Ford appreciates that the exhibit is also an opportunity for women to support each other. “This diagnosis showed me the power of women supporting women,” she says. She expresses her gratitude for women coming together in the breast cancer community to share stories and resources. “When you look at all five women in the portraits, everyone exudes strength and beauty simultaneously in their own way,” she adds.
From the artist’s perspective, Uwakwe shares that he has learned from the experience and has a “completely new understanding” of what a woman goes through after a breast cancer diagnosis. Working with warriors also opened his eyes to the overall survivorship experience; breast cancer doesn’t necessarily end when treatment is over. He now sees how breast cancer leaves a permanent mark beyond the physical scars.
Uwakwe’s exhibit also made financial contributions to groups providing support, education and other assistance to women experiencing breast cancer. The featured warriors and Uwakwe selected three beneficiary groups to receive proceeds from the exhibit’s ticket sales. The beneficiaries were Chicago’s Speakeasy Custom Tattoo, a tattoo studio that provides free tattoos to breast cancer warriors; Sisters Working It Out, a Chicago-based breast cancer support group; and Recovery On Water, a rowing team for breast cancer warriors.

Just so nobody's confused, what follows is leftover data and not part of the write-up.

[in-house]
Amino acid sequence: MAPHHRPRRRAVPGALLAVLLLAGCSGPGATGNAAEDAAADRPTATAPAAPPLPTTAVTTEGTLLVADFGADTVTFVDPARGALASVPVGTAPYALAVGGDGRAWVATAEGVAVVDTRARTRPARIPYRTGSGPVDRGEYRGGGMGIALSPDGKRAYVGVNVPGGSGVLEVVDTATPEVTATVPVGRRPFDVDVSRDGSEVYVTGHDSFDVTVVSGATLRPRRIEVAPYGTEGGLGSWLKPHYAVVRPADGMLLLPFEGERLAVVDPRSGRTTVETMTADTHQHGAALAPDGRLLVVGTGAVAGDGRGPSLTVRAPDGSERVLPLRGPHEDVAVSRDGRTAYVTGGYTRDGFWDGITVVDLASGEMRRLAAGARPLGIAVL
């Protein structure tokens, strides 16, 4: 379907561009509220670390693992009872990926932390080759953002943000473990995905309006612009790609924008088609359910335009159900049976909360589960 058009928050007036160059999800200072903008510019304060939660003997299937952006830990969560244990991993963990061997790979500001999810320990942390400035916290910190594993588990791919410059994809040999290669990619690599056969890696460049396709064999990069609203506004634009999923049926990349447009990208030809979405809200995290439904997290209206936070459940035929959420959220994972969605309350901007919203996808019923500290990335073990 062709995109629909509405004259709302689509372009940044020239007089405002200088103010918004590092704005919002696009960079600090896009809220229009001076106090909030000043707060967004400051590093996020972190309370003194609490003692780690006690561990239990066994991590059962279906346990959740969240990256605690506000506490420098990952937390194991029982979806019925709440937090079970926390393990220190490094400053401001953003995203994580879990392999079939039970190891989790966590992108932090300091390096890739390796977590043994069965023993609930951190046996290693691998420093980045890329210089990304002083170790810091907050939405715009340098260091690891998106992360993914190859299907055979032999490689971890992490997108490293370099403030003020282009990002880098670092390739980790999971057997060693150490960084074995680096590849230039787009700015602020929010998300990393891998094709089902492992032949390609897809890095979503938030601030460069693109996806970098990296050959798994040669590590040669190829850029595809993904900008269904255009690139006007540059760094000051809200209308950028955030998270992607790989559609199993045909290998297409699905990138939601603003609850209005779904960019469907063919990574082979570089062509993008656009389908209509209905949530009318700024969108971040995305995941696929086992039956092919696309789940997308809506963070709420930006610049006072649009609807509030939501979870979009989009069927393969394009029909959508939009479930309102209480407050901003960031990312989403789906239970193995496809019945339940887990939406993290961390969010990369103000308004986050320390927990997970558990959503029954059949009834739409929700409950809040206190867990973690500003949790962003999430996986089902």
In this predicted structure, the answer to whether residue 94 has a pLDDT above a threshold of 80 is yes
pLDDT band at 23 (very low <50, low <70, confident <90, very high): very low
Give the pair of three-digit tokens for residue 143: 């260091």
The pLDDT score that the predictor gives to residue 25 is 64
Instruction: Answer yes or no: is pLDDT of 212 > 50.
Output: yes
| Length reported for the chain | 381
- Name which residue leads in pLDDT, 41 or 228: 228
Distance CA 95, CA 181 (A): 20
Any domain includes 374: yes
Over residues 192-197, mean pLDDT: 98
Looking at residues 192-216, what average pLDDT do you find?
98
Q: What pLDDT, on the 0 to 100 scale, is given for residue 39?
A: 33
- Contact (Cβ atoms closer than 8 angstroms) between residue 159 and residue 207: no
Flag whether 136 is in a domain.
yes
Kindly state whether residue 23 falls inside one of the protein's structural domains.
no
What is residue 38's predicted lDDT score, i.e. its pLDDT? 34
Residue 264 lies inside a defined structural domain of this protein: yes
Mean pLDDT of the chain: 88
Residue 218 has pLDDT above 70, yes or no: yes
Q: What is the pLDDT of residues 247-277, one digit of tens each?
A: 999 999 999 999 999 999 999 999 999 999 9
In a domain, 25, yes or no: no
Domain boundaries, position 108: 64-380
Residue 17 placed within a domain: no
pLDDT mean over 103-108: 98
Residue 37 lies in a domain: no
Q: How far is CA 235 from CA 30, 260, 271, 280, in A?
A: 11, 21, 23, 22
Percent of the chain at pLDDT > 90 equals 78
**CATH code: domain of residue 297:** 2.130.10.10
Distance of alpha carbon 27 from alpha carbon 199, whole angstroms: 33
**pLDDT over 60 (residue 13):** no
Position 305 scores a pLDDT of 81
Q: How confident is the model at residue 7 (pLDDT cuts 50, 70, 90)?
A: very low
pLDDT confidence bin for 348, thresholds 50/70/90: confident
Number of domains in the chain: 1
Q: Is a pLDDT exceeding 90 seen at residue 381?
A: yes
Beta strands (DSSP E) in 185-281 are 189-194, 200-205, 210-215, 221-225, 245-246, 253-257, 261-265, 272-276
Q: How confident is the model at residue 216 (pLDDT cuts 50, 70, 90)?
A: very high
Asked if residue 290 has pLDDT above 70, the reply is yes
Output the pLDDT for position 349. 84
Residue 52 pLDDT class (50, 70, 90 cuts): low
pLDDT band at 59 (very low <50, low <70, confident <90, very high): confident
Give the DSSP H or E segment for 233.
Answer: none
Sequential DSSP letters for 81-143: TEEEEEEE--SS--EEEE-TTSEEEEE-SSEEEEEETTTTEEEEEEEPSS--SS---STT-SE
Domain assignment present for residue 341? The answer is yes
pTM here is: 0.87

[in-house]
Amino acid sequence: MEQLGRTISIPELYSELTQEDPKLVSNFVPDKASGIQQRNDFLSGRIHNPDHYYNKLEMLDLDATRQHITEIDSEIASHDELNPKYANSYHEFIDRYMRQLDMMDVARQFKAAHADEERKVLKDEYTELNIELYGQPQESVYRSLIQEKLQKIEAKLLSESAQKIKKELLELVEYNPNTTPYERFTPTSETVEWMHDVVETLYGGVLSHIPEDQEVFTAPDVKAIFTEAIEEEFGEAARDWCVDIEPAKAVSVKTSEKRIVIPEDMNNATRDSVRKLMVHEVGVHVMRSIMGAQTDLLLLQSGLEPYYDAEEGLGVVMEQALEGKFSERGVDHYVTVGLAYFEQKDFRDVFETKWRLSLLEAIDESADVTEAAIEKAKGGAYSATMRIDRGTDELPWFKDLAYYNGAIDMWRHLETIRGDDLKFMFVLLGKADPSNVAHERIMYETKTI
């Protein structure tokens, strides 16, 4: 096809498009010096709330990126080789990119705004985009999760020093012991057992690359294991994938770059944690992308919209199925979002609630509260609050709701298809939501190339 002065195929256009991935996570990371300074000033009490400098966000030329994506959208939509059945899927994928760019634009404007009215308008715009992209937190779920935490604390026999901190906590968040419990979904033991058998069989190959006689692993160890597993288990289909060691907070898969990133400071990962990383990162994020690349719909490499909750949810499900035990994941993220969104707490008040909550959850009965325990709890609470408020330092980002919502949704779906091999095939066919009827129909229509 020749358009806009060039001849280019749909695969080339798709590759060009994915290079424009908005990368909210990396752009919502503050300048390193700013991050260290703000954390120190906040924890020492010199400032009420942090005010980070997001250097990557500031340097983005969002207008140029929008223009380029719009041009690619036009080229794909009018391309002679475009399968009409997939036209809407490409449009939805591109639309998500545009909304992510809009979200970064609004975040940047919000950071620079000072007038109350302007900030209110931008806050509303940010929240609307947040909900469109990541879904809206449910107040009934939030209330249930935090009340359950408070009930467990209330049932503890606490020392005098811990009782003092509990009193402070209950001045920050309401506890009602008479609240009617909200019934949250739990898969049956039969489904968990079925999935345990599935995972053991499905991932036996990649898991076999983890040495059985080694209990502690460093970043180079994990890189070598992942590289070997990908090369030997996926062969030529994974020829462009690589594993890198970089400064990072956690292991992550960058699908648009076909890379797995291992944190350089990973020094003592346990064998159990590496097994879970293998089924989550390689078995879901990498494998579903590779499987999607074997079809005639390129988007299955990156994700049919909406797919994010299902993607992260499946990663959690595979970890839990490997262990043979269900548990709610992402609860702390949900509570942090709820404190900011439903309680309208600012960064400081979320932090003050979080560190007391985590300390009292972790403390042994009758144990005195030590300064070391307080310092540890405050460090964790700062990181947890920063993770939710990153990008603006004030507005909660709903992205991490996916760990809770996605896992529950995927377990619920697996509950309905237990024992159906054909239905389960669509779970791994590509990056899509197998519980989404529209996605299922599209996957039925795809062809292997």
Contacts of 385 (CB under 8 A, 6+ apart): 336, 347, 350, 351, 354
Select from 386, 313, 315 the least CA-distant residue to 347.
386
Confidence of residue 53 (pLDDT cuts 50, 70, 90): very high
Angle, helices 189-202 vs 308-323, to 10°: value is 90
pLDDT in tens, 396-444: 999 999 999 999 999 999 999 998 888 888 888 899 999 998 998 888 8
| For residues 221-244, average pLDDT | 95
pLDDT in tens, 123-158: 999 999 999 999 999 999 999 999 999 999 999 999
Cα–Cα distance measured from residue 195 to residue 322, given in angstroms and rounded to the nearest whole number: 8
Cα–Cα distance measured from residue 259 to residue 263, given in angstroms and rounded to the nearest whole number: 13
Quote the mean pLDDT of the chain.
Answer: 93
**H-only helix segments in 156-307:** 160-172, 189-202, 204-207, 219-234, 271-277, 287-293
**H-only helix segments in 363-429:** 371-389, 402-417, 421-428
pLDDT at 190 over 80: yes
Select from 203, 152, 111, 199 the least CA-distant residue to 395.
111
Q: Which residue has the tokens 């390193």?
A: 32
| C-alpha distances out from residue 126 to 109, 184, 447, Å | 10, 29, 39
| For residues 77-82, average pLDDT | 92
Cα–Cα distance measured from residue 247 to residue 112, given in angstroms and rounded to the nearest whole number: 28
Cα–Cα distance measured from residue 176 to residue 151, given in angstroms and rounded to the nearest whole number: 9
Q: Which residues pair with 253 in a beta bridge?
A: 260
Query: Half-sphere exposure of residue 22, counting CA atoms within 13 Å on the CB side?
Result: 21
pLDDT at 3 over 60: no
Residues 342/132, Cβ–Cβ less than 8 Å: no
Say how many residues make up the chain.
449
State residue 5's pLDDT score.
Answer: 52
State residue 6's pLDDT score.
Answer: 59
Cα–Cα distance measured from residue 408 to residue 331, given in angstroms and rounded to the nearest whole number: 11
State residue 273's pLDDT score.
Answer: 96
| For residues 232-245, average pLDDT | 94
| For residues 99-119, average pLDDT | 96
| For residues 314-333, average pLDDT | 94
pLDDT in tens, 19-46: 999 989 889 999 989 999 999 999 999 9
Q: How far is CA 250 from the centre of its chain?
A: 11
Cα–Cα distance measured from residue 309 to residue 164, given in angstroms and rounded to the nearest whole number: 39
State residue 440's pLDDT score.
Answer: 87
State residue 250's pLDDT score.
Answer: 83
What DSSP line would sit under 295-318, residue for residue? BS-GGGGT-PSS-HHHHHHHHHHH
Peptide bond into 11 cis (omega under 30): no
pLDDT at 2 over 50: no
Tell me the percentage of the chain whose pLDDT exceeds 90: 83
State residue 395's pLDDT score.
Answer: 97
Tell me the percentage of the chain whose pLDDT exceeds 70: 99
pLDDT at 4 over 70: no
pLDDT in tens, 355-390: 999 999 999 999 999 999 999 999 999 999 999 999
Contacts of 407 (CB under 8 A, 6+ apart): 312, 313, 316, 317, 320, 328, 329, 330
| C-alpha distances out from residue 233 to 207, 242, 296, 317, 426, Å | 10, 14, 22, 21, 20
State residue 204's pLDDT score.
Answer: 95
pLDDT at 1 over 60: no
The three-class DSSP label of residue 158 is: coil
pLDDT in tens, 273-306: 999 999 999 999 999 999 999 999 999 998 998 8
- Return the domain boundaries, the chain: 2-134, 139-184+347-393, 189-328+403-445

Uwakwe expresses that in addition to learning so much from each of the warriors, he now has expanded his community with people who he deeply cares about as they continue on through survivorship and other aspects of their lives. “It’s one of the most fulfilling endeavors I’ve embarked on,” he says.
Obi “Obisoulstar” Uwakwe is a Chicago-based artist and owner of Electriqsoul Hideout Studios. For more info on his future events and exhibits, follow the studio on Instagram at @electriqsoul_hideout_studios.
Meghan McCallum is a freelance writer and French to English translator. Since being diagnosed with stage III triple negative breast cancer at age 32, Meghan has taken an active role in the cancer community to share stories and resources. She strives to support conversations around cancer and empower others to advocate for their own health and well-being.